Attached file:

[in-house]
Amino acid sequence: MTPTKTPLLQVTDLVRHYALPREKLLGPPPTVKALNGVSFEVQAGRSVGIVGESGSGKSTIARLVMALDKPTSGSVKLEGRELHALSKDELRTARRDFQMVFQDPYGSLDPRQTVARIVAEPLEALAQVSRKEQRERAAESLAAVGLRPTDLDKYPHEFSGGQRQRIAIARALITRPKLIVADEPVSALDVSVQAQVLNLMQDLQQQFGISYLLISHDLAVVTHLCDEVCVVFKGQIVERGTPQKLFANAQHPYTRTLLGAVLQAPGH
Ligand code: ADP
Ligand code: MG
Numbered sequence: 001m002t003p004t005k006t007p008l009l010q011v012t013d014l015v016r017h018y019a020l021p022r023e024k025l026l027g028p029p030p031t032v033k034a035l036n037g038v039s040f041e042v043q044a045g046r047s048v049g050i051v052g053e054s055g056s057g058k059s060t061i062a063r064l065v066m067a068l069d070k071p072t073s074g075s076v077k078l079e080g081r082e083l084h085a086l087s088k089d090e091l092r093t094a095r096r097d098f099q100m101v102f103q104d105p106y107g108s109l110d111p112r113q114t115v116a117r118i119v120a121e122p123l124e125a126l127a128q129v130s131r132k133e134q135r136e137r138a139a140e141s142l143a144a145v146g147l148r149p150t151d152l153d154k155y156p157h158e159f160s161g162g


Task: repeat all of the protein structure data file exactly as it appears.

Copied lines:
[in-house]
Amino acid sequence: MTPTKTPLLQVTDLVRHYALPREKLLGPPPTVKALNGVSFEVQAGRSVGIVGESGSGKSTIARLVMALDKPTSGSVKLEGRELHALSKDELRTARRDFQMVFQDPYGSLDPRQTVARIVAEPLEALAQVSRKEQRERAAESLAAVGLRPTDLDKYPHEFSGGQRQRIAIARALITRPKLIVADEPVSALDVSVQAQVLNLMQDLQQQFGISYLLISHDLAVVTHLCDEVCVVFKGQIVERGTPQKLFANAQHPYTRTLLGAVLQAPGH
Ligand code: ADP
Ligand code: MG
Numbered sequence: 001m002t003p004t005k006t007p008l009l010q011v012t013d014l015v016r017h018y019a020l021p022r023e024k025l026l027g028p029p030p031t032v033k034a035l036n037g038v039s040f041e042v043q044a045g046r047s048v049g050i051v052g053e054s055g056s057g058k059s060t061i062a063r064l065v066m067a068l069d070k071p072t073s074g075s076v077k078l079e080g081r082e083l084h085a086l087s088k089d090e091l092r093t094a095r096r097d098f099q100m101v102f103q104d105p106y107g108s109l110d111p112r113q114t115v116a117r118i119v120a121e122p123l124e125a126l127a128q129v130s131r132k133e134q135r136e137r138a139a140e141s142l143a144a145v146g147l148r149p150t151d152l153d154k155y156p157h158e159f160s161g162g